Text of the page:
• The brand went on to duplicate the best-in-class campaign, optimizing on the Voyantis Optimization Signal. This ran alongside the original campaign on a similar budget, which started at ~$50K and ramped up to ~$200K monthly.


The graph below compares the ROAS of late bloomers vs. early birds . The ROAS of late bloomer campaigns increases over time and in some cases may surpass that of early bird campaigns. (Note: the ROAS of early birds is higher during the conversion window, which can make late bloomer campaigns seem less effective to the untrained eye.)

Here’s a look at the numbers from the Voyantis campaign, versus the benchmark campaign. The data from the two campaigns is from two different points in time as it progressed—one after the first month, and the second after four months. You will see that despite the identical creatives and targeting, the difference in optimization from Voyantis’ signal led to far more favorable results across the board.


Marketers need a boost to optimize Facebook’s capabilities

Our use case (in which results were typical across gaming customers) proves that even the best of growth marketers with the deepest of pockets can benefit from an added boost to amplify their UA campaigns on Facebook. The ad network requires events to happen within a week, but the true LTV of users takes longer than that to calculate, especially in gaming. These are the users that have, and demonstrate, a higher user-product fit, and higher long-term retention.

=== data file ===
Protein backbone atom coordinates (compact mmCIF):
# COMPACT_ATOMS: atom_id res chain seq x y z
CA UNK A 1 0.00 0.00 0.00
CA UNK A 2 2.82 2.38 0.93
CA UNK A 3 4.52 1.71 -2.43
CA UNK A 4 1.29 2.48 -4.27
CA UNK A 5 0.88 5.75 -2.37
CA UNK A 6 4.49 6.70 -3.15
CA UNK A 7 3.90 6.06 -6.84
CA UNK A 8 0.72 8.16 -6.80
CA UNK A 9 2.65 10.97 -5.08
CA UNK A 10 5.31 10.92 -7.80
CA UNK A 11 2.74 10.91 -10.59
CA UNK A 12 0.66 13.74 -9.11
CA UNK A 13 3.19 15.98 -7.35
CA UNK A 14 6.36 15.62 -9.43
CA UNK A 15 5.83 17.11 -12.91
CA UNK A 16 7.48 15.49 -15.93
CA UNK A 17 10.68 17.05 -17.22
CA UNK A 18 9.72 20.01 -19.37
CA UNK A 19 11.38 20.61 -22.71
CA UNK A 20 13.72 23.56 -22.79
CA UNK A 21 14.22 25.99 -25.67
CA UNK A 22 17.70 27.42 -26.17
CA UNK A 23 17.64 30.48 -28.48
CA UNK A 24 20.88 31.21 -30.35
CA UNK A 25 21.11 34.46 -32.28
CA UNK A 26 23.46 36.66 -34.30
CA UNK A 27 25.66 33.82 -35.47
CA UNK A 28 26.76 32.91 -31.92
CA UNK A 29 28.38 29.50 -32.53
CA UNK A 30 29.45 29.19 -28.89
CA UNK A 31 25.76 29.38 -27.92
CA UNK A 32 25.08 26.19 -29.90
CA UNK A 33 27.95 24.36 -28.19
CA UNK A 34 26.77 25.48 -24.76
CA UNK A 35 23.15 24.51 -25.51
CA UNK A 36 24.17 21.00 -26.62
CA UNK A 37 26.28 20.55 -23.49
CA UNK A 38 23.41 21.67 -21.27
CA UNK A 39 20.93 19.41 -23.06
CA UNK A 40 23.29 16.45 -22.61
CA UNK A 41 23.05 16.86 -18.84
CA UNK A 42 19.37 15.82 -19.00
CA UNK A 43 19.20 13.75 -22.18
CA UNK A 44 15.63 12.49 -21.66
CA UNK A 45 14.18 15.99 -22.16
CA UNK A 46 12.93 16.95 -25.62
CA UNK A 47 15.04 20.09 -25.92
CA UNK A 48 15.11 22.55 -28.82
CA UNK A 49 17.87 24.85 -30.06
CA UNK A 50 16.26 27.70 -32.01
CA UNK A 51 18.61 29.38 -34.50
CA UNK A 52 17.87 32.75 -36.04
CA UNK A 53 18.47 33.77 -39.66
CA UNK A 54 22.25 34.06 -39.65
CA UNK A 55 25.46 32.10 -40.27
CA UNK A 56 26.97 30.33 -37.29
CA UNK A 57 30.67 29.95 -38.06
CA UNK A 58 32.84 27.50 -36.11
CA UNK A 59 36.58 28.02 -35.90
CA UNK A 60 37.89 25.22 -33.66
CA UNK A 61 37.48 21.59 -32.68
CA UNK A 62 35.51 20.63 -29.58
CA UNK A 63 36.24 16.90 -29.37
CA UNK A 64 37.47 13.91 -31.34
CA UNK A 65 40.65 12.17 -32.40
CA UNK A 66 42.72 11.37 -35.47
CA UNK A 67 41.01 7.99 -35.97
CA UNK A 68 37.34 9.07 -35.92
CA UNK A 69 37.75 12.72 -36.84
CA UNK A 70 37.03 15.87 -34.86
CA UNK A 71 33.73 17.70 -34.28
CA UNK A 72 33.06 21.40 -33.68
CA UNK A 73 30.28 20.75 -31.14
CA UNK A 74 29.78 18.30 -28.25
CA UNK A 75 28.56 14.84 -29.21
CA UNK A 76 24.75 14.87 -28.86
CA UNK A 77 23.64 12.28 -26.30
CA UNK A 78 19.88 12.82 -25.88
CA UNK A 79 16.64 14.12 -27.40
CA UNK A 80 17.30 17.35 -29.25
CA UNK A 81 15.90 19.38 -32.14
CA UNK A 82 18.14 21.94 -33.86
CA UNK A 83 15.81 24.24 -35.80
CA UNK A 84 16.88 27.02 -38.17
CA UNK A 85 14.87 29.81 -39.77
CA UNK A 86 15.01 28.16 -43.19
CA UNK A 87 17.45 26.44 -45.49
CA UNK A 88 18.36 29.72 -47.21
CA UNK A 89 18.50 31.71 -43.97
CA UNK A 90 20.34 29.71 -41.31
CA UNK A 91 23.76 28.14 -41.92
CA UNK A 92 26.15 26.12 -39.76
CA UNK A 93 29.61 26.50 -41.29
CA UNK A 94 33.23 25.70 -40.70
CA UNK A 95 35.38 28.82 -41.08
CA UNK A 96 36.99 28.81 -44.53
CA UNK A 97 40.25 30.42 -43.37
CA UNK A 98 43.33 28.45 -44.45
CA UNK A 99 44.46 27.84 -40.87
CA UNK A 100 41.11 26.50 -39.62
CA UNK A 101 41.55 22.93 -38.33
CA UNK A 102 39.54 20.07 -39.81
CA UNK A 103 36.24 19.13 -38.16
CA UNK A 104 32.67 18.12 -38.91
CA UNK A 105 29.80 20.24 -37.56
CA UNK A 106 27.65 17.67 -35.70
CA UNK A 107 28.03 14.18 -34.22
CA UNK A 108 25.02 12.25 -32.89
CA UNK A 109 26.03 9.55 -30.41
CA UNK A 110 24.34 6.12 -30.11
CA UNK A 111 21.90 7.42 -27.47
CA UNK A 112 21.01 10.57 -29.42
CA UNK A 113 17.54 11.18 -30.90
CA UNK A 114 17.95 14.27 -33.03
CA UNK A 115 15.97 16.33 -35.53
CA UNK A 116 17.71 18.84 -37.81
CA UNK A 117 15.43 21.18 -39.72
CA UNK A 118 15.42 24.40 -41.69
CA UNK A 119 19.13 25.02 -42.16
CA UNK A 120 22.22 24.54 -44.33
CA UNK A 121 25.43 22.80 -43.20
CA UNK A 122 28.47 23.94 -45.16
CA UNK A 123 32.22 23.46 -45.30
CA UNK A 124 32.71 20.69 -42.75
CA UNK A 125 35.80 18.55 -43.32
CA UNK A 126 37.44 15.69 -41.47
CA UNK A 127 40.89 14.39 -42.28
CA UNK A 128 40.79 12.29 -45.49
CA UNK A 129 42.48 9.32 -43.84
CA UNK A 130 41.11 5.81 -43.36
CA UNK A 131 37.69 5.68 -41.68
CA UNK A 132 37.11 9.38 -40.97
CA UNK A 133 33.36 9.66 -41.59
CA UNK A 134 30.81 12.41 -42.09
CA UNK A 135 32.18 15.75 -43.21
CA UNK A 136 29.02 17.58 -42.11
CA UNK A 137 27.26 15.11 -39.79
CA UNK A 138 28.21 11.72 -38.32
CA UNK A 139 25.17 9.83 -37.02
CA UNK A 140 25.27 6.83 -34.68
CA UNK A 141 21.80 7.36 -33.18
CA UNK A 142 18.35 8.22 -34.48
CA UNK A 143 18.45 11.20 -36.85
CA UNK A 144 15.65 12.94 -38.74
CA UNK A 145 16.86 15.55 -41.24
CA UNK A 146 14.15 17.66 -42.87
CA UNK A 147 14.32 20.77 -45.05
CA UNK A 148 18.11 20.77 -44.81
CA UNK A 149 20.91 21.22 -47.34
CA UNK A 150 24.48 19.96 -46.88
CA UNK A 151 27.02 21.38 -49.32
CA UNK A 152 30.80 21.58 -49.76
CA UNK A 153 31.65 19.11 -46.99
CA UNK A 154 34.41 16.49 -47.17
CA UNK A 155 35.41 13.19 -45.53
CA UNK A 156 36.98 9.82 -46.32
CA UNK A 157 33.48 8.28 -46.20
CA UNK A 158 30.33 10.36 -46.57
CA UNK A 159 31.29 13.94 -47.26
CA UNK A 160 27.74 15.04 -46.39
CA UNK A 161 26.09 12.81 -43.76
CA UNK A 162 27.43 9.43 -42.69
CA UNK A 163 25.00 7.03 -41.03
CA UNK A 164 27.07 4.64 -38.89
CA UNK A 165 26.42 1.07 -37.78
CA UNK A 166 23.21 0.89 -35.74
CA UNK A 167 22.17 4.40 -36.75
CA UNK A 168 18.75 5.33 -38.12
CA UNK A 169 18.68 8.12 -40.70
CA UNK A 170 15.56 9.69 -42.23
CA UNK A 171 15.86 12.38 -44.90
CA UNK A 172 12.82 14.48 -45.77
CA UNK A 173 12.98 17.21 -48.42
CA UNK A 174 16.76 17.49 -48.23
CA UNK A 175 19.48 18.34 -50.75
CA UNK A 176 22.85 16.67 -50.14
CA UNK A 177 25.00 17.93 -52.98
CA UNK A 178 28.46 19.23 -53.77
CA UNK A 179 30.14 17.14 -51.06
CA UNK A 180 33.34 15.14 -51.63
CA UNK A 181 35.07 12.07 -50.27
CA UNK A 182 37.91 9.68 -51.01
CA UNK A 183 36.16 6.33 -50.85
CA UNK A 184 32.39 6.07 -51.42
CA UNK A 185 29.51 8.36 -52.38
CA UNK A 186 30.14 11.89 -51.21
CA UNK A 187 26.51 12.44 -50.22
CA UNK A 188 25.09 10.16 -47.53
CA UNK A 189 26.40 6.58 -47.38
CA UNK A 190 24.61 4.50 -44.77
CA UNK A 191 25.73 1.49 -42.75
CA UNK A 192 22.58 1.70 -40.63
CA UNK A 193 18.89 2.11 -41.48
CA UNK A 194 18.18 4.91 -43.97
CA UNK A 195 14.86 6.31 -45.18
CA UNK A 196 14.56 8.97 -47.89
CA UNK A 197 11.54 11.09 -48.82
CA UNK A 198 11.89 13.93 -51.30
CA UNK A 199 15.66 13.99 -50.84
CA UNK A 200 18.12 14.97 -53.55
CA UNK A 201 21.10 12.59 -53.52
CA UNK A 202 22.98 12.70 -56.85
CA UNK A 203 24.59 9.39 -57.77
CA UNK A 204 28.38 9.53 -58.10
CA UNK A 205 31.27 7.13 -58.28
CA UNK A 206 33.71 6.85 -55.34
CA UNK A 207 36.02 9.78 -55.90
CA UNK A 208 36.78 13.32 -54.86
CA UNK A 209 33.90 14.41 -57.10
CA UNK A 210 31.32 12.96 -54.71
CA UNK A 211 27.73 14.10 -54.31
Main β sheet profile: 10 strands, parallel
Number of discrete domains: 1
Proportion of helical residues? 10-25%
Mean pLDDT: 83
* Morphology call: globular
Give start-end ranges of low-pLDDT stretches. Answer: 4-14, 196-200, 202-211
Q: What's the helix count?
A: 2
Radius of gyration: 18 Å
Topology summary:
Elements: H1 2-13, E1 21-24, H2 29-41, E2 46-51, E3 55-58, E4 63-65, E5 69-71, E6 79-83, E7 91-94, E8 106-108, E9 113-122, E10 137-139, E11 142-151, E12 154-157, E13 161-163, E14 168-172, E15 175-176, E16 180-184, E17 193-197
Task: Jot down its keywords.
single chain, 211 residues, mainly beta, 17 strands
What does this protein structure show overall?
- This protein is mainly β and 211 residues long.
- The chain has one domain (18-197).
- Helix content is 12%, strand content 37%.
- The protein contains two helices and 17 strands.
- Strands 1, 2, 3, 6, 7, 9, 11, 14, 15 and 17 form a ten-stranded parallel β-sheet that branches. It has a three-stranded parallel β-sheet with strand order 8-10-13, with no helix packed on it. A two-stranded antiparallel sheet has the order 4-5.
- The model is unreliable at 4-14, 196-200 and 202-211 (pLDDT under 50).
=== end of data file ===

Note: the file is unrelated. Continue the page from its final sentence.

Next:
LTV predictive models help marketers focus on users that aren’t necessarily early buyers, for higher long-term retention. It also helps them own their processes despite curveballs such as the IDFA changes in iOS 14.5. Predictive modeling can overcome obstacles by using a single signal to embody a user’s LTV based on a complete set of actions and behaviors, in addition to campaign performance. This allows marketers to send predictive signals for users who are most likely to make high-value purchases over time. 

The time to amplify growth is now

According to a report by Accenture, the gaming industry has increased by half a billion players in the past three years, totaling 2.7 billion people globally. The report also states that more than 400 million new gamers are expected by the end of 2023. There’s hardly a need for competition to be fierce, and the market share is there for the picking. The best way to grab the lion's share of the cream of the crop is through the understanding, and optimization of user LTV through predictive modeling for serious growth and ROAS.


Maya Caspi
Head of Product Marketing

Stay Updated

Join our Newsletter.

Get our best content on growth marketing in your inbox
Something went wrong. Please try again.

Early access is now available!

Request Sent. We'll be in touch!
Something went wrong. Please try again.